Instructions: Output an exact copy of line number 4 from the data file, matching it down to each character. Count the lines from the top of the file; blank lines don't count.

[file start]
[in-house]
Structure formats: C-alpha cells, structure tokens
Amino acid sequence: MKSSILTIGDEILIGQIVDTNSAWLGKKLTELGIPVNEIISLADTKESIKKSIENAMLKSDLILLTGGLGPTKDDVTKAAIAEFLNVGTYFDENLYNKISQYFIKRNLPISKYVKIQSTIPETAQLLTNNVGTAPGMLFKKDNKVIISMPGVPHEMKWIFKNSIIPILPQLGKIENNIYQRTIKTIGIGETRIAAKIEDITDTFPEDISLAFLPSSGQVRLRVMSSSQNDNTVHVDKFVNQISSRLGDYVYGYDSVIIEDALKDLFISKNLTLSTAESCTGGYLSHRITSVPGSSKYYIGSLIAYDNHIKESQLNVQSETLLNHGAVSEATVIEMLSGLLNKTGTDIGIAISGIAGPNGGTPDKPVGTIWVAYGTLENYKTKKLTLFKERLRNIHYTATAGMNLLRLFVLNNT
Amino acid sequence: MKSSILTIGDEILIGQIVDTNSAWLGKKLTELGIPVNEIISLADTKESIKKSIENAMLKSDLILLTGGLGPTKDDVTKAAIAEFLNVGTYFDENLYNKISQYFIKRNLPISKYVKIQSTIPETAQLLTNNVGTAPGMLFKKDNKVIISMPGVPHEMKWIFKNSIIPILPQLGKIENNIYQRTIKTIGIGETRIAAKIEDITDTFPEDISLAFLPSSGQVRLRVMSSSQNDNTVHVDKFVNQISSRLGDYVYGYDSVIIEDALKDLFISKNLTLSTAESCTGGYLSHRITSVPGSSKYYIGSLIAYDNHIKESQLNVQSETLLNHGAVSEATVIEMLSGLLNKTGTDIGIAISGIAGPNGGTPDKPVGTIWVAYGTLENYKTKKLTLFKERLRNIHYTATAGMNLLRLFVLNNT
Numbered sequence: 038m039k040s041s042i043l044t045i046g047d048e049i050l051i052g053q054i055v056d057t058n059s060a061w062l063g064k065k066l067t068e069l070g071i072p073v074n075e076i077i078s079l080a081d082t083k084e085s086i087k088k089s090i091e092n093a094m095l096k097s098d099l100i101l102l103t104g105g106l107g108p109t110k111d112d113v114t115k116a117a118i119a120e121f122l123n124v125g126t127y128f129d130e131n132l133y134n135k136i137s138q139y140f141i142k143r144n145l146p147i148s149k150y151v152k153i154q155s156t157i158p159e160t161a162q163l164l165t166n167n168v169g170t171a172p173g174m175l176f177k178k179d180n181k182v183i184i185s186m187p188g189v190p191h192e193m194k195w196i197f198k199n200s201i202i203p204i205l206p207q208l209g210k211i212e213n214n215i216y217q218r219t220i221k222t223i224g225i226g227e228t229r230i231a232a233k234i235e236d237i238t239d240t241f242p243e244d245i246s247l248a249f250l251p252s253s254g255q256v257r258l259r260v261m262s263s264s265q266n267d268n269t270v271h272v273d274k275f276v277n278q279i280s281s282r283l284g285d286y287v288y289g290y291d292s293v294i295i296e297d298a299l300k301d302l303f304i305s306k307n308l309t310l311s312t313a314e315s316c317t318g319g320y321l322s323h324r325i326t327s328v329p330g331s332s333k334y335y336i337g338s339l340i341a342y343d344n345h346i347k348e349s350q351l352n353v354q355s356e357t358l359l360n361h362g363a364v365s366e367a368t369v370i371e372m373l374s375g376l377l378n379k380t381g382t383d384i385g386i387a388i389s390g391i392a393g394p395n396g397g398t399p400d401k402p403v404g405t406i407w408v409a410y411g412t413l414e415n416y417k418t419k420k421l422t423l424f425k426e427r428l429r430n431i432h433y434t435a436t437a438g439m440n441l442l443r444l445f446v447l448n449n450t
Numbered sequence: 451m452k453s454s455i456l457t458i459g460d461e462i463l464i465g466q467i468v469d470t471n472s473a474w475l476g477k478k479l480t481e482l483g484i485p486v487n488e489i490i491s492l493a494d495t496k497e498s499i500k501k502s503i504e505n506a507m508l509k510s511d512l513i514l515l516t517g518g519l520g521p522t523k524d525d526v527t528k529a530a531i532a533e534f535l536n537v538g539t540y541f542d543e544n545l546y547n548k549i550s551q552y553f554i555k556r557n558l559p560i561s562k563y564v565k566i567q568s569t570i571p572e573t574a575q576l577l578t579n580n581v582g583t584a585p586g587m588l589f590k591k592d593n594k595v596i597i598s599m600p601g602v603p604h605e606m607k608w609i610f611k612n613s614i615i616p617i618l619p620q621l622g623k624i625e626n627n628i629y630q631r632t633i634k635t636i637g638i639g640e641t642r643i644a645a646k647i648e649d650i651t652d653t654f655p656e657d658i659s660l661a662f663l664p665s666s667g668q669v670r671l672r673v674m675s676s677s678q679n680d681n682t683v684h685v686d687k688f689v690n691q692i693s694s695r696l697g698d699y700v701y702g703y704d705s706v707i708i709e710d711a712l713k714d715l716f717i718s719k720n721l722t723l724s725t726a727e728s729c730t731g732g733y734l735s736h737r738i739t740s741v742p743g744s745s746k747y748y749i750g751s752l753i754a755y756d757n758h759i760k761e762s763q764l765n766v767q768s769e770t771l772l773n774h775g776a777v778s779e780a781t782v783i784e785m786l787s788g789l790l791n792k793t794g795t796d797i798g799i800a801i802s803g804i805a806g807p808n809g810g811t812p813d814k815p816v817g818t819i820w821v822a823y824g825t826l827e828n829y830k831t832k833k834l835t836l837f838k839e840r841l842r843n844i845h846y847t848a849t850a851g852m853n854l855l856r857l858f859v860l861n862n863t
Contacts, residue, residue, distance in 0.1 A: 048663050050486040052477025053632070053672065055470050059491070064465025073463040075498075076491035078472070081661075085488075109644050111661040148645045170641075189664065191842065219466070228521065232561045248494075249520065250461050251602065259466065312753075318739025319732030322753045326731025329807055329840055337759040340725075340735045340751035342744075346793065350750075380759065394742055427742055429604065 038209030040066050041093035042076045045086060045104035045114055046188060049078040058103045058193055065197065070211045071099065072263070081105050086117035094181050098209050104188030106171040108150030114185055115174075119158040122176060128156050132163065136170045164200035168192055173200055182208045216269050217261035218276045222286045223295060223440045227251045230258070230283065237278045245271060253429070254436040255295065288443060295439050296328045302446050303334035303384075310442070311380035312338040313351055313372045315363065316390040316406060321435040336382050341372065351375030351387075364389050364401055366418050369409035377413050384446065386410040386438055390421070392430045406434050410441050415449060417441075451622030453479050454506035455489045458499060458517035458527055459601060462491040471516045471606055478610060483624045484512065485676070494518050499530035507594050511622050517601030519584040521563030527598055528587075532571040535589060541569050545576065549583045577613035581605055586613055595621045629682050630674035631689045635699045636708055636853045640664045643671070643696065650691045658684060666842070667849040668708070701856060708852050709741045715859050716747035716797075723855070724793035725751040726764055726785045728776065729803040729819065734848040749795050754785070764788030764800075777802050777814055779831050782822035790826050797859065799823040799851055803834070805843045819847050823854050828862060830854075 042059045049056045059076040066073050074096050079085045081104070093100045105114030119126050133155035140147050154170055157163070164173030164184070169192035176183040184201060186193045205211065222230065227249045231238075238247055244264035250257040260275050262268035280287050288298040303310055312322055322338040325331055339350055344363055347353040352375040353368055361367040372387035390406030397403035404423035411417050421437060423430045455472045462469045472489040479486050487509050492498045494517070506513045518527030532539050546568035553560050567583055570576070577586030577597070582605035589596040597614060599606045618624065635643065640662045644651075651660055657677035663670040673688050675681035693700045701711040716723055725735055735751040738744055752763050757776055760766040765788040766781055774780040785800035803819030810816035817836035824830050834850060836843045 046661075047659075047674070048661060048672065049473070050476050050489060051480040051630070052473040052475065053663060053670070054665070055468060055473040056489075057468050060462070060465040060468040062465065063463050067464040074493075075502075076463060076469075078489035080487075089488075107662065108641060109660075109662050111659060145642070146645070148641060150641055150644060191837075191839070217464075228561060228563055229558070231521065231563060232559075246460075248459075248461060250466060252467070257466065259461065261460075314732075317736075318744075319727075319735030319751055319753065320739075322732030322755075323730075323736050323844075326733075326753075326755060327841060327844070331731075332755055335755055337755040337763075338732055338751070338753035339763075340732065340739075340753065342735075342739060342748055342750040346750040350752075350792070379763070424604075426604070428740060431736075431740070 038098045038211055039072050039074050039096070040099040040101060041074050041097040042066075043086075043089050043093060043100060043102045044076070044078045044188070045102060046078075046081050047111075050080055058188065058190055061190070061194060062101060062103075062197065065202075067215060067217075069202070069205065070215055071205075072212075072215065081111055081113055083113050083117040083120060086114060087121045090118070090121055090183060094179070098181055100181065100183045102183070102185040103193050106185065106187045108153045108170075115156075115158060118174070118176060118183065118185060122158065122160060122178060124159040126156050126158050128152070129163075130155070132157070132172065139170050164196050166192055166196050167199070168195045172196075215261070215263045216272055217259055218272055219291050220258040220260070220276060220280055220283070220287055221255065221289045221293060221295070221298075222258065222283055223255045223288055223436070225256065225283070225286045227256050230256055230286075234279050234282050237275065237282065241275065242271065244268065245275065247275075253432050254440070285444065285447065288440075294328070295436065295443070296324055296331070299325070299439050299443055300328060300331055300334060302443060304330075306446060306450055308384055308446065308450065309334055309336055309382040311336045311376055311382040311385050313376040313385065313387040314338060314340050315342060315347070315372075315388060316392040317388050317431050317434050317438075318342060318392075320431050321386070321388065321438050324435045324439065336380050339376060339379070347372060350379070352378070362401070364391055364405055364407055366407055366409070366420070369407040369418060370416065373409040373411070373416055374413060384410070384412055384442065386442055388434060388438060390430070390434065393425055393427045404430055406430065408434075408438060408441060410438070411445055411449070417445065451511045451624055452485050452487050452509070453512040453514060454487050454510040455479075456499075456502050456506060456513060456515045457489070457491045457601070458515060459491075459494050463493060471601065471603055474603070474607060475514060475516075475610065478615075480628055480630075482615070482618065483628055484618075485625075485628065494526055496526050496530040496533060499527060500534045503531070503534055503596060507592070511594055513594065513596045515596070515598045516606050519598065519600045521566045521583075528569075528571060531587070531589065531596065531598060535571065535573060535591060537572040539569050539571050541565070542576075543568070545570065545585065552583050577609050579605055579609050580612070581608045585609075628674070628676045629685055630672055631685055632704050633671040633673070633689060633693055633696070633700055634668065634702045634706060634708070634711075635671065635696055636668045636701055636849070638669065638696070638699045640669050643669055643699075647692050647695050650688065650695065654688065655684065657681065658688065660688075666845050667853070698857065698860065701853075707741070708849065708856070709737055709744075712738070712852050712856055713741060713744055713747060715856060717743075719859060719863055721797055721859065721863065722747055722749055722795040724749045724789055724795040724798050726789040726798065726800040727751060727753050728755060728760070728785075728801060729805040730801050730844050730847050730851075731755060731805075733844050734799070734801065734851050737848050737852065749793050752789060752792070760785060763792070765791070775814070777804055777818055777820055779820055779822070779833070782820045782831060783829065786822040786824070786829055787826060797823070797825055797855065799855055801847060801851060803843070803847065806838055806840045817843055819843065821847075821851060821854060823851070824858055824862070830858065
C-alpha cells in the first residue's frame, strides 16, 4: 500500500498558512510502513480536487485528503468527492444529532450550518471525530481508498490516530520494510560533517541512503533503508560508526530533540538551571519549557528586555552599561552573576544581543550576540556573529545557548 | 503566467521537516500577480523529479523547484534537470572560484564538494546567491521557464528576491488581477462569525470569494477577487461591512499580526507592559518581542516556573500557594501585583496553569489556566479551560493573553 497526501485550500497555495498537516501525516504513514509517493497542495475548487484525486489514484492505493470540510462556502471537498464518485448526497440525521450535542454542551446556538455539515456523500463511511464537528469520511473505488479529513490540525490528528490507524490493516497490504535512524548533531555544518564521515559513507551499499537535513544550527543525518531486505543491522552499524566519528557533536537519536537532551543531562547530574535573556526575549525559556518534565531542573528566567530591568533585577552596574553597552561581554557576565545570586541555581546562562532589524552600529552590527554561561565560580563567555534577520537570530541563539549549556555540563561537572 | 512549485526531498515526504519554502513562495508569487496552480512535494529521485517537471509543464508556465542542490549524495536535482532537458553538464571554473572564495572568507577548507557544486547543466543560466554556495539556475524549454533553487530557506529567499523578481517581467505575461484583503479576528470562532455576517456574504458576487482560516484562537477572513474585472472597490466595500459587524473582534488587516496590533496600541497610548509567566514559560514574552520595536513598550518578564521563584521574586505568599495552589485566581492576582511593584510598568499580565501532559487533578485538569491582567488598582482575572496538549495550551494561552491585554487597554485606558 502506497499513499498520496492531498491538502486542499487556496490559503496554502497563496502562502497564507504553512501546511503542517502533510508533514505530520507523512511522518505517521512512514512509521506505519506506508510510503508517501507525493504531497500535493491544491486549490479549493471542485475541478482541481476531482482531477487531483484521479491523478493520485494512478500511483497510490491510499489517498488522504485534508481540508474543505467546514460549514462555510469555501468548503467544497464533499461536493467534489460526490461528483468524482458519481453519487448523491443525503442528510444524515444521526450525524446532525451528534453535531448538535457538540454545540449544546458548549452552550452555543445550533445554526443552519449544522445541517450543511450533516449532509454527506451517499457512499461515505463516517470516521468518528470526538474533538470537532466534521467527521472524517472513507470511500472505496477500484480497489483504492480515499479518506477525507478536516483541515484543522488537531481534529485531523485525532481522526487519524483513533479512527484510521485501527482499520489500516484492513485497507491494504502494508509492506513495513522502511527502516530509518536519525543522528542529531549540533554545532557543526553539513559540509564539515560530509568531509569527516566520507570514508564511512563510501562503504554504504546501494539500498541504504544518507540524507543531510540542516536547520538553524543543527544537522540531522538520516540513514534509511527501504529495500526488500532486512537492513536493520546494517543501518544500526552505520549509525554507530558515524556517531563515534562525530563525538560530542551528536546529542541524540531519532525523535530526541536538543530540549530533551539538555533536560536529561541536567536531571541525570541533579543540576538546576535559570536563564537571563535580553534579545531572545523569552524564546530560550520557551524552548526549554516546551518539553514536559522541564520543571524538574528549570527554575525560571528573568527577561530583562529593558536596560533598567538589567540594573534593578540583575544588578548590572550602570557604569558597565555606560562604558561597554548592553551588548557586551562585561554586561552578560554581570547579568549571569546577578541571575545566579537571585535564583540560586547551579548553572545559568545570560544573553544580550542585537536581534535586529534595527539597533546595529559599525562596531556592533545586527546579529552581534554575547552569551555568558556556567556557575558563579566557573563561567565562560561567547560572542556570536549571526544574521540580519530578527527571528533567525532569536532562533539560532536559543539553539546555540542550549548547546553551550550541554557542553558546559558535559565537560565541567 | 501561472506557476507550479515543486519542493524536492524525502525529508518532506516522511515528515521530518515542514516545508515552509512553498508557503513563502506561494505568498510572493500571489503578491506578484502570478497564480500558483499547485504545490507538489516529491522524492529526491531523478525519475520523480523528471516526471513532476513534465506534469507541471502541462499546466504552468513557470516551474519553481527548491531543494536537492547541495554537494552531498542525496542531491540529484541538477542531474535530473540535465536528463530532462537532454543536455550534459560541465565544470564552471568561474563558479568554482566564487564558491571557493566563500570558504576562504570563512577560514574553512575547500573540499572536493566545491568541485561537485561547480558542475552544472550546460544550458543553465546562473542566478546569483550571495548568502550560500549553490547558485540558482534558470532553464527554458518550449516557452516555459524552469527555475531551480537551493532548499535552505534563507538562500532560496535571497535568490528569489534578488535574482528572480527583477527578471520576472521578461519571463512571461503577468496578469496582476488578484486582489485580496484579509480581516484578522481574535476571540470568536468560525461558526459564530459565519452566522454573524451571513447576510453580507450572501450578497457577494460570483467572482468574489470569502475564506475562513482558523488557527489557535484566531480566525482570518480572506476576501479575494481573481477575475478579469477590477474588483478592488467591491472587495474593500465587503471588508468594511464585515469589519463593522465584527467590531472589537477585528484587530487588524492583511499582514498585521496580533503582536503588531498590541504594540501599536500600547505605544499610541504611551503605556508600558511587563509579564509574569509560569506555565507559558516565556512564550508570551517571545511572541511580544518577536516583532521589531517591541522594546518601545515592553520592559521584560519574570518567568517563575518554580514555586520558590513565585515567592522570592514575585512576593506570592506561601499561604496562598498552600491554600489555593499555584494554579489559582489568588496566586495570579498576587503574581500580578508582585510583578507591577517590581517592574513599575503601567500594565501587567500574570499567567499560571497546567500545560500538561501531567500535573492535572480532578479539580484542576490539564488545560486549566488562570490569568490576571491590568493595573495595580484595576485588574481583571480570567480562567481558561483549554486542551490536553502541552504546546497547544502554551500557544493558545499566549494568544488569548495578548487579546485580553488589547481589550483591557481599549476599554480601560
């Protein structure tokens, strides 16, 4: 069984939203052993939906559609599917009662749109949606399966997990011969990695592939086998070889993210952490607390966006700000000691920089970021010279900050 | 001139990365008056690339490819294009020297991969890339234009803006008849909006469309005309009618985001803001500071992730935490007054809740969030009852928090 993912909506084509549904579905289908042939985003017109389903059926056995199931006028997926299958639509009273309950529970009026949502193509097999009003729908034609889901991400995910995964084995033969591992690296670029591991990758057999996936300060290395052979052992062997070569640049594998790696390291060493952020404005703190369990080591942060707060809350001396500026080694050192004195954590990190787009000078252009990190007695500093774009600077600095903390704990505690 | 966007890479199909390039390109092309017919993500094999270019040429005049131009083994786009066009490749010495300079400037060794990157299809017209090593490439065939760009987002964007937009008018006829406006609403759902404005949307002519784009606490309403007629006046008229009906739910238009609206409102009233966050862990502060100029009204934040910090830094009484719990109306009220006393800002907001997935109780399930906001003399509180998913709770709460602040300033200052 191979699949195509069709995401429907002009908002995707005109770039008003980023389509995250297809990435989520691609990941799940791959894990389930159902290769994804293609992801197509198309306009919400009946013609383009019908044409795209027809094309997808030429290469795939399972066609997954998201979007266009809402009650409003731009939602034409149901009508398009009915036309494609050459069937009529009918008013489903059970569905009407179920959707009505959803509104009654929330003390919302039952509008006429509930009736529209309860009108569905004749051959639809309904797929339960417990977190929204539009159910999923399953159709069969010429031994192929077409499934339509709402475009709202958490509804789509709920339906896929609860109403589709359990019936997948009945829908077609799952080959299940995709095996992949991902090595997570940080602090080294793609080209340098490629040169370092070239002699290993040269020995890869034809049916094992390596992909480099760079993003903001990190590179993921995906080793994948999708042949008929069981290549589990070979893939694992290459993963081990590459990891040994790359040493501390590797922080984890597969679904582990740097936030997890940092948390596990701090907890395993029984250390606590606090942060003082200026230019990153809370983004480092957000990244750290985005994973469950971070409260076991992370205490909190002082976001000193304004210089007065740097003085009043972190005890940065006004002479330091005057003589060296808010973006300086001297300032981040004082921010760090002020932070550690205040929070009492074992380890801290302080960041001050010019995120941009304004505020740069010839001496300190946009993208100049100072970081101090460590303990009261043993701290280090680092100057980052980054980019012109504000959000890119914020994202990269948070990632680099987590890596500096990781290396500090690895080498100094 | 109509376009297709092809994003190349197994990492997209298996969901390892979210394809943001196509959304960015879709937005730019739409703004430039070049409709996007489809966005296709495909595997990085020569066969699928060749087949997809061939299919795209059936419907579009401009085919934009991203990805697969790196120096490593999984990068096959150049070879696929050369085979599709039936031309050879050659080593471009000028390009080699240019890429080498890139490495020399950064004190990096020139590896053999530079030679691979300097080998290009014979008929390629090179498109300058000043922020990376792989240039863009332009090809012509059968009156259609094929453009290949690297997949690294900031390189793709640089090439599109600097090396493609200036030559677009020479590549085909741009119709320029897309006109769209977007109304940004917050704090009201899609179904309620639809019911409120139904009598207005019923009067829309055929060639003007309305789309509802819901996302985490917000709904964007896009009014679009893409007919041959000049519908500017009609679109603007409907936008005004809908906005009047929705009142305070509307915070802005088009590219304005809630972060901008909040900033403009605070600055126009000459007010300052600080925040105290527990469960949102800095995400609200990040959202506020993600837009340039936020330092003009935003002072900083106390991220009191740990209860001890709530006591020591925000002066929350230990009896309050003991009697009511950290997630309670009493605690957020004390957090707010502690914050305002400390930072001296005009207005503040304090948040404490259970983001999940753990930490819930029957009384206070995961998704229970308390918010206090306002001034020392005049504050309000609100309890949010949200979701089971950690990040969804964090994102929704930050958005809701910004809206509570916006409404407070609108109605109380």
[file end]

Amino acid sequence: MKSSILTIGDEILIGQIVDTNSAWLGKKLTELGIPVNEIISLADTKESIKKSIENAMLKSDLILLTGGLGPTKDDVTKAAIAEFLNVGTYFDENLYNKISQYFIKRNLPISKYVKIQSTIPETAQLLTNNVGTAPGMLFKKDNKVIISMPGVPHEMKWIFKNSIIPILPQLGKIENNIYQRTIKTIGIGETRIAAKIEDITDTFPEDISLAFLPSSGQVRLRVMSSSQNDNTVHVDKFVNQISSRLGDYVYGYDSVIIEDALKDLFISKNLTLSTAESCTGGYLSHRITSVPGSSKYYIGSLIAYDNHIKESQLNVQSETLLNHGAVSEATVIEMLSGLLNKTGTDIGIAISGIAGPNGGTPDKPVGTIWVAYGTLENYKTKKLTLFKERLRNIHYTATAGMNLLRLFVLNNT